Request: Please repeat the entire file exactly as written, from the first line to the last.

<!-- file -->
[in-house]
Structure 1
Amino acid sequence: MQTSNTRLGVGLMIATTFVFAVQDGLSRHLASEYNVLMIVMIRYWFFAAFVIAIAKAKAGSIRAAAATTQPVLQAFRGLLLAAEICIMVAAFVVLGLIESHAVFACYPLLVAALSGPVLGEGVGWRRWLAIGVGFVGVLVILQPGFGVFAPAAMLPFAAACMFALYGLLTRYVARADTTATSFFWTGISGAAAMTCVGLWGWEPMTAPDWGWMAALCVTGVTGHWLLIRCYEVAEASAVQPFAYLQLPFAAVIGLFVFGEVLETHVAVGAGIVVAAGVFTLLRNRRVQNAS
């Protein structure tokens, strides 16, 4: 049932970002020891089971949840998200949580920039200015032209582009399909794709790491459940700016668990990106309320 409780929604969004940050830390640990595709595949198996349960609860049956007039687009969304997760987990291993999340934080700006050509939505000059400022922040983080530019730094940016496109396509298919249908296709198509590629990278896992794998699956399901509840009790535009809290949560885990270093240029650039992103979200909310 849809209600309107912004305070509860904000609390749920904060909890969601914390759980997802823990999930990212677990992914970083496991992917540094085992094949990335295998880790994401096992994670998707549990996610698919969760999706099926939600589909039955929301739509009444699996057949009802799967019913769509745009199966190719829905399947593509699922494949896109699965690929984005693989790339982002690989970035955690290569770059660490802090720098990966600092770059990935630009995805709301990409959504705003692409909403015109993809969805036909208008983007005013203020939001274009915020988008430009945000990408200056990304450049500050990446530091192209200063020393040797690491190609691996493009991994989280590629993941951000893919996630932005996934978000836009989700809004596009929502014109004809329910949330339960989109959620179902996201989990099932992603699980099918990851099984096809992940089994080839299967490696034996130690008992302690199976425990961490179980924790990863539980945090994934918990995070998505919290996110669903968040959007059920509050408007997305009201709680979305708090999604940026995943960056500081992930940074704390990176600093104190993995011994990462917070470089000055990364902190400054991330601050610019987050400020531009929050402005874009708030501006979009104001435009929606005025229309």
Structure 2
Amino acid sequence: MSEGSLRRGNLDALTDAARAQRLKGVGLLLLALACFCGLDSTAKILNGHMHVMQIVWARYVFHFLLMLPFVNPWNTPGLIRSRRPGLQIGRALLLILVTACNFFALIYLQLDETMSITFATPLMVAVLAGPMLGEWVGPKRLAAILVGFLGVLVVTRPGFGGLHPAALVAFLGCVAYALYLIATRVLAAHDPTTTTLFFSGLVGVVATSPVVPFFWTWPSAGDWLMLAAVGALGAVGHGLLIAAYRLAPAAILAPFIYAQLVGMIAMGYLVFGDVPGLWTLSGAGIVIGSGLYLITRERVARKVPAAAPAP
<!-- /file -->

[in-house]
Structure 1
Amino acid sequence: MQTSNTRLGVGLMIATTFVFAVQDGLSRHLASEYNVLMIVMIRYWFFAAFVIAIAKAKAGSIRAAAATTQPVLQAFRGLLLAAEICIMVAAFVVLGLIESHAVFACYPLLVAALSGPVLGEGVGWRRWLAIGVGFVGVLVILQPGFGVFAPAAMLPFAAACMFALYGLLTRYVARADTTATSFFWTGISGAAAMTCVGLWGWEPMTAPDWGWMAALCVTGVTGHWLLIRCYEVAEASAVQPFAYLQLPFAAVIGLFVFGEVLETHVAVGAGIVVAAGVFTLLRNRRVQNAS
């Protein structure tokens, strides 16, 4: 049932970002020891089971949840998200949580920039200015032209582009399909794709790491459940700016668990990106309320 409780929604969004940050830390640990595709595949198996349960609860049956007039687009969304997760987990291993999340934080700006050509939505000059400022922040983080530019730094940016496109396509298919249908296709198509590629990278896992794998699956399901509840009790535009809290949560885990270093240029650039992103979200909310 849809209600309107912004305070509860904000609390749920904060909890969601914390759980997802823990999930990212677990992914970083496991992917540094085992094949990335295998880790994401096992994670998707549990996610698919969760999706099926939600589909039955929301739509009444699996057949009802799967019913769509745009199966190719829905399947593509699922494949896109699965690929984005693989790339982002690989970035955690290569770059660490802090720098990966600092770059990935630009995805709301990409959504705003692409909403015109993809969805036909208008983007005013203020939001274009915020988008430009945000990408200056990304450049500050990446530091192209200063020393040797690491190609691996493009991994989280590629993941951000893919996630932005996934978000836009989700809004596009929502014109004809329910949330339960989109959620179902996201989990099932992603699980099918990851099984096809992940089994080839299967490696034996130690008992302690199976425990961490179980924790990863539980945090994934918990995070998505919290996110669903968040959007059920509050408007997305009201709680979305708090999604940026995943960056500081992930940074704390990176600093104190993995011994990462917070470089000055990364902190400054991330601050610019987050400020531009929050402005874009708030501006979009104001435009929606005025229309």
Structure 2
Amino acid sequence: MSEGSLRRGNLDALTDAARAQRLKGVGLLLLALACFCGLDSTAKILNGHMHVMQIVWARYVFHFLLMLPFVNPWNTPGLIRSRRPGLQIGRALLLILVTACNFFALIYLQLDETMSITFATPLMVAVLAGPMLGEWVGPKRLAAILVGFLGVLVVTRPGFGGLHPAALVAFLGCVAYALYLIATRVLAAHDPTTTTLFFSGLVGVVATSPVVPFFWTWPSAGDWLMLAAVGALGAVGHGLLIAAYRLAPAAILAPFIYAQLVGMIAMGYLVFGDVPGLWTLSGAGIVIGSGLYLITRERVARKVPAAAPAP